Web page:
Absinthe Makes The Heart Grow Fonder

I’m not sure how many people are familiar with absinthe. It’s not a very popular or common drink these days, especially since it was illegal to produce for most of the 20th century (the ban was lifted in recent years). For those of you who have never heard of it, I will explain.

Absinthe is a spirit made from the herbs anise, fennel and wormwood. It is usually green in color, altho there are clear versions. It has a bitter, black liquorice flavor due to the anise and fennel. It has a very high alcohol content, usually between 60% and 80%, and is diluted with water before drinking. The water is poured over a sugar cube to help combat the bitterness. It was originally created as a health elixir in Switzerland, but became very popular with the art and literary crowd in the 19th and early 20th centuries. It was nicknamed “The Green Fairy” and was considered an inspirational muse of sorts. Absinthe was thought to cause hallucinations and was blamed for many cases of insanity, death and violence.

Being the big fan that I am of 19th and early 20th century literature, I was fairly familiar with it. I’ve read about it in books, seen it in period films, found information about it on the internet. A few years ago we were on vacation in Provincetown, at the tip of Cape Cod, and I saw it for sale in a liquor store. I very much wanted to try it, but it was expensive and not knowing if I would even like it, I didn’t want to risk spending the money. But, last weekend, we were out there for a weekend getaway, and at one of the restaurants we went to they had absinthe listed on their drink menu. As you can imagine I was thrilled. Not only as a fan of the time period, but as a writer, this is something I’ve waited years, decades even, to get a chance to try.

So the owner of the restaurant, who is an absinthe connoisseur, came over to our table with the glass, the sugar cube, the absinthe spoon (a slotted spoon designed to sit on the rim of the glass) and a small pitcher of ice water. She puts the spoon on the glass and the sugar cube on the spoon and shows me how to dribble the water very slowly over the sugar to dissolve it without using too much water and diluting the absinthe too much. She warned me never to use regular sugar cubes from the grocery store. They’re too hard and take too much water to dissolve. She advised going to a gourmet food store and getting softer sugar cubes imported from Africa. You can also find special “absinthe” sugar cubes at a specialty bar supply or liquor store.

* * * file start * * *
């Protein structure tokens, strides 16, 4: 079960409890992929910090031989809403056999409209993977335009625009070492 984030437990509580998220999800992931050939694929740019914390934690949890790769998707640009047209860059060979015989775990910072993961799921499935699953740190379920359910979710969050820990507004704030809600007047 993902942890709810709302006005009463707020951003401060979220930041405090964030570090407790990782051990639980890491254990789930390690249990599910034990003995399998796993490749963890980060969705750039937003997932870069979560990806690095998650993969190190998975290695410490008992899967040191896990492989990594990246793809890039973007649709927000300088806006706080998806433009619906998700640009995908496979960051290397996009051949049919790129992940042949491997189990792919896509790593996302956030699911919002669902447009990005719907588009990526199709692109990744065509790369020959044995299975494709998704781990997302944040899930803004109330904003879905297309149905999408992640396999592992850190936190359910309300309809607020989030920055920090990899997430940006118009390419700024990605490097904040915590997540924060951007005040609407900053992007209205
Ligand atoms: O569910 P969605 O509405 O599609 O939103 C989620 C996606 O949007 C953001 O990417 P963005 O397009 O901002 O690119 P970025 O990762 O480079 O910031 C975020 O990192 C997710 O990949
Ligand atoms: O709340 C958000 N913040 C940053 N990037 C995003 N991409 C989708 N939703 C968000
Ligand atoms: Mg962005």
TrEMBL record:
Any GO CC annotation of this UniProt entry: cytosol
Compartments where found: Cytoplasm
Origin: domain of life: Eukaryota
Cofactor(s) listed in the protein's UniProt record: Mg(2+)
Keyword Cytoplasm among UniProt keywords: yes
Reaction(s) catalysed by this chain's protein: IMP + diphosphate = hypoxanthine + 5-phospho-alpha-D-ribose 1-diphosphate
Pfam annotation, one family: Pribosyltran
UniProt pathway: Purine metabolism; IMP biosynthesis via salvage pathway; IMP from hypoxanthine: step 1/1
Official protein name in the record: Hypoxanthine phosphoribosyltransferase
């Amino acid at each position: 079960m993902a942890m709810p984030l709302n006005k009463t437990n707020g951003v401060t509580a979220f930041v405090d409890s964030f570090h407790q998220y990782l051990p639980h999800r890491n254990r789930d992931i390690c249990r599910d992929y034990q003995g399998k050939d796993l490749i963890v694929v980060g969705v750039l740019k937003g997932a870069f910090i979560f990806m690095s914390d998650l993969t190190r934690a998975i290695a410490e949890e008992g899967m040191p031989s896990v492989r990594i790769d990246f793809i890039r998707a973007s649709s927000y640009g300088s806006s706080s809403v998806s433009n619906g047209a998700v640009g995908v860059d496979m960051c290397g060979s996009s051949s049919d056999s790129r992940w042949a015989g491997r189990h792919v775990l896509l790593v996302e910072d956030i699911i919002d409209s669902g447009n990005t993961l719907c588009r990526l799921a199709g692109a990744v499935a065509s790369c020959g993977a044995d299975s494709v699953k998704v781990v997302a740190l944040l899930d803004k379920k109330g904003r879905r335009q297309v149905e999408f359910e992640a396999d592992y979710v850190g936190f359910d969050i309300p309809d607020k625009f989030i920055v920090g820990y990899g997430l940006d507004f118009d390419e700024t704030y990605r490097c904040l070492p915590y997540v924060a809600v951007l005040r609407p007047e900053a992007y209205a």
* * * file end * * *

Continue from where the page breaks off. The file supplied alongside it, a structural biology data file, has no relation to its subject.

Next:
It’s a very aromatic drink. As the water is mixing with it, the scent of the herbs are released and are very pleasant. The flavor is quite unique in comparison to other forms of alcohol. It still does retain some of its bitterness even with the sugar, it’s not sweet at all, but you can definitely taste that black liquorice flavor. Like most spirits with a high alcohol content, you feel the burn as it goes down.

Needless to say, I went to the liquor store and bought the bottle before we went home.

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At Last

So, I finally have my home office set back up. I have it in my oldest son’s old bedroom now that he has moved out. It’s nice to have a space of my own again. All my books are out on their shelves for the first time in over a year. I forgot how many damn books I have. It took me almost twelve hours to sort them and organize them and put them on the shelves. But it was worth it. I was even able to part with alot of books that I know I will never read. They will go to the Salvation Army and hopefully find homes with people who will enjoy them.

I believe that personal space is very important to a person’s emotional well-being. I know that human beings are social animals that need frequent contact with other human beings, but time alone is important too. I spoze its more important for some people than others. I, for example, am happy being alone most of the time. I am perfectly content not seeing or talking to anyone one else for days at a time. My boyfriend, on the other hand, loves socializing and being the center of attention. Talking is like breathing to him. He would die if he stopped.

So for me, having personal space is very important. Someplace I can go and close the door when I can’t handle being in a room with other people anymore. Where all my stuff is, where no one else is allowed to go or touch things. And, hopefully, a place where I can focus on my writing. As Virginia Woolf once said, “a woman must have money and a room of her own if she is to write fiction…” I have the room, now I just need the money. Unlike Woolf, I don’t have an inheritance.